March 26 at 6:30pm: To Kill a Mockingbird
Admission $8 — enter the discount code to get up to two tickets for $5 each. Discount applies only to tickets purchased in advance.
Tickets available at http://osmhmarch26-15.bpt.me
Light refreshments will be available for purchase
Doors open at 5:45pm for members, 6:00pm for general public.

 

Join us for the first annual ‘Movies at the Meeting House’ series. During 2015, Old South Meeting House will show three films based on books that were banned in various locations throughout the US, including Boston. Promoting free speech is a key part of Old South Meeting House’s mission – and our free speech policy was formally announced in the 1920s, when the banning of multiple books, magazines and plays by Boston’s Watch and Ward Society had spawned the term “Banned in Boston.” Soon after implementing its free speech policy, Old South Meeting House hosted a forum on the banning of Eugene O’Neill’s play Strange Interlude in Boston. In honor of this literary and free speech history, we have chosen to celebrate works once silenced for their controversial content in our first ‘Movies at the Meeting House’ series. Grab a friend and come enjoy the historic interior of Old South Meeting House like never before!

“My Intentional Practice” blog competition by Intentional Museum

Calling all Students!  Enter our second “My Intentional Practice” blog competition

Intentional Museum is happy to announce its second student blogging competition!  We believe thattomorrow’s museum professionals will shape and change the field through their unique perspectives and new ideas, and, because of that; there is a lot we can learn from students.  New voices keep us on our toes and encourage us to consider alternate viewpoints.

We think a lot about intentional practice and would like to hear how students think about intentional practice and the impact it can have on the visitor experience.  To that end, we ask that you reflect on the following question: Through your intentional practice, how do you help museums enrich the lives of others?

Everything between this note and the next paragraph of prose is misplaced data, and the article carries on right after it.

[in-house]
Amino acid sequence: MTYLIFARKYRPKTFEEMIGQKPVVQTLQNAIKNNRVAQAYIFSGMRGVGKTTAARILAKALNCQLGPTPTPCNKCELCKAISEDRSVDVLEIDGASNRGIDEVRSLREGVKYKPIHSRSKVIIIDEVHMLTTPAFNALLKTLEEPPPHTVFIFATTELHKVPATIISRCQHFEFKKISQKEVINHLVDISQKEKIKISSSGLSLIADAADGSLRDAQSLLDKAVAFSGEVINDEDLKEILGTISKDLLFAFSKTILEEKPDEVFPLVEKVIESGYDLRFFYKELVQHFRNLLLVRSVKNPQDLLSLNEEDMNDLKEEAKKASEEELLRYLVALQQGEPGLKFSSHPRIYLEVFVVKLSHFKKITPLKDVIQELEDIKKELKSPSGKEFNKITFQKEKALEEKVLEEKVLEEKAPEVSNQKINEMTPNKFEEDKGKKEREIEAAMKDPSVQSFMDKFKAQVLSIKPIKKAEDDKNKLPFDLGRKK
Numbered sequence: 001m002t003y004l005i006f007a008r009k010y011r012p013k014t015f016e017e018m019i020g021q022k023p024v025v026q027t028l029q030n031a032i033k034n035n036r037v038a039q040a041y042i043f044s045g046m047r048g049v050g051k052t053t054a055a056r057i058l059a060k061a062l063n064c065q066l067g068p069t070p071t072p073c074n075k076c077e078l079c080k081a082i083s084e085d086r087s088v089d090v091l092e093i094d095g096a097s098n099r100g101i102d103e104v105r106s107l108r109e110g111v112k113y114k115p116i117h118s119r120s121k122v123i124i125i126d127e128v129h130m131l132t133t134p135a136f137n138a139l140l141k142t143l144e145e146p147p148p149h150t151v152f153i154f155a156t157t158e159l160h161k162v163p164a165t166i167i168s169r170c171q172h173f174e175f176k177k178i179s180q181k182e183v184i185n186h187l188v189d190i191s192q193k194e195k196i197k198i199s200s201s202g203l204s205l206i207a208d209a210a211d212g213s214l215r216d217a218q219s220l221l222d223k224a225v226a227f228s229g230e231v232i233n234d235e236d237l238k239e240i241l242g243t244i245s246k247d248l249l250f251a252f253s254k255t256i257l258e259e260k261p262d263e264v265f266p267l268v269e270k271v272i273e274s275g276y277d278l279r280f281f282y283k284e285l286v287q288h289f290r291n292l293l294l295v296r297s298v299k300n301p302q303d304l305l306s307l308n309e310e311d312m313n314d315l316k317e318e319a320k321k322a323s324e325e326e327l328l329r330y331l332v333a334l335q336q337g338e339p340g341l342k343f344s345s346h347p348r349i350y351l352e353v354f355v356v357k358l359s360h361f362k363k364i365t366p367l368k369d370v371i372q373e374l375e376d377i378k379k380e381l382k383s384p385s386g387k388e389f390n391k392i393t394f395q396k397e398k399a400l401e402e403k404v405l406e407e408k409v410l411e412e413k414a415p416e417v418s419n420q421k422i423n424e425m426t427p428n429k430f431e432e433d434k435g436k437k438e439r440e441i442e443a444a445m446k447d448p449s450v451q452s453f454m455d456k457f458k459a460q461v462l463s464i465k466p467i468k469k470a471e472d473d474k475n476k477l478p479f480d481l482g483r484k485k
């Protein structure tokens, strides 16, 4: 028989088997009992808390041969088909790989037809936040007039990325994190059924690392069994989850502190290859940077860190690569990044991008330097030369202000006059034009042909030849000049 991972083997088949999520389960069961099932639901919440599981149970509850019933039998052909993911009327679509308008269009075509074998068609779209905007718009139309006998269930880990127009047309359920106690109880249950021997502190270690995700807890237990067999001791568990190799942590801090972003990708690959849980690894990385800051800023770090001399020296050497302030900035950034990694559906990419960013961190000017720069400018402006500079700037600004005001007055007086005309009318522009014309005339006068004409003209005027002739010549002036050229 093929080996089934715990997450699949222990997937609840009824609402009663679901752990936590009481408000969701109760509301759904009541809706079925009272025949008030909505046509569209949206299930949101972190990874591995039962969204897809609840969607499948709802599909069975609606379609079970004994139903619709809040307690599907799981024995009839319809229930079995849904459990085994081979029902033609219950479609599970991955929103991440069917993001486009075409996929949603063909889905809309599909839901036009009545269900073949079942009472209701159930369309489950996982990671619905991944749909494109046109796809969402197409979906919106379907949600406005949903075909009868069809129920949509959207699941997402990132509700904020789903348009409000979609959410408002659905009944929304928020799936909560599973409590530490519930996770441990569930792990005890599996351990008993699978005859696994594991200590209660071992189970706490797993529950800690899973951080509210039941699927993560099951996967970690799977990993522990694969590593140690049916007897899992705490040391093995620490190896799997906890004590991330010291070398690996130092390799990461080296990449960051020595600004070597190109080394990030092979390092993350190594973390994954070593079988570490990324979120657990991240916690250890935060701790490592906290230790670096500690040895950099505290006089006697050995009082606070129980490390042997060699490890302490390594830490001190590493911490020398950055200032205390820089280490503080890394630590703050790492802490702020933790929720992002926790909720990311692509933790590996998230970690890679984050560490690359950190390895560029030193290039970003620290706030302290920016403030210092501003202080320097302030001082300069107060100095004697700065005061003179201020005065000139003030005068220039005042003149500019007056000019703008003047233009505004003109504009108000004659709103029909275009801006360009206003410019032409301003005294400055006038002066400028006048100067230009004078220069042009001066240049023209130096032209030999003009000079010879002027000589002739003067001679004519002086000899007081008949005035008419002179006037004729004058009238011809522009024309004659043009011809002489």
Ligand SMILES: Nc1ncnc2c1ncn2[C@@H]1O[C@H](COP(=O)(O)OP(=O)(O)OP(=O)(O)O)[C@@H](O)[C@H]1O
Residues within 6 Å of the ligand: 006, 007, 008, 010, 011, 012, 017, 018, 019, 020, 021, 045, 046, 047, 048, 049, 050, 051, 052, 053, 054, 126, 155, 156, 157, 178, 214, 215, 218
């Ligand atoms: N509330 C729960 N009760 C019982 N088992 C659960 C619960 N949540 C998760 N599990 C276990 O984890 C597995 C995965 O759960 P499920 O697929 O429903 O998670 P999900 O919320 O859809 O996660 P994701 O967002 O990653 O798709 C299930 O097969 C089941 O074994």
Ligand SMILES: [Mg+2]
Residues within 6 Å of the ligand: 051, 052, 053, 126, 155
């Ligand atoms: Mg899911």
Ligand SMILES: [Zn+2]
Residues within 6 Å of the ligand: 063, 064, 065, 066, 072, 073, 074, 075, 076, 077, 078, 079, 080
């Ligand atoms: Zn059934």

Perhaps you find joy in drafting a collections care plan, ensuring that objects and artifacts are around for many generations.  Maybe you spend your time thinking about how museums can better use digital opportunities or social media to expand their reach beyond the traditional walls.  From museum education to exhibitions, visitor services to administration, regardless of your focus, we want to hear from you.  We often reflect on our professional experiences on Intentional Museum, but we appreciate the personal connection.  We want your blogs to tell a story, to speak about your experience, and to highlight your unique insight into the museum field.

Guidelines:
·         Bloggers must be currently enrolled in an undergraduate or graduate degree or certificate program and have an interest in museum practice.

·         Blogs should be no longer than 500 words and written in a conversational style.  Avoid jargon and academic language to ensure clarity.

·         You are welcome to share how the work of others has influenced your practice, but this isn’t required.  If you include quotes, be sure to include citations.

·         We have no idea what the winning blogs will look like – if you look through our past posts, you will see we tell stories, share academic insights, and sometimes we are funny.  We want to hear your story, so let your passion show.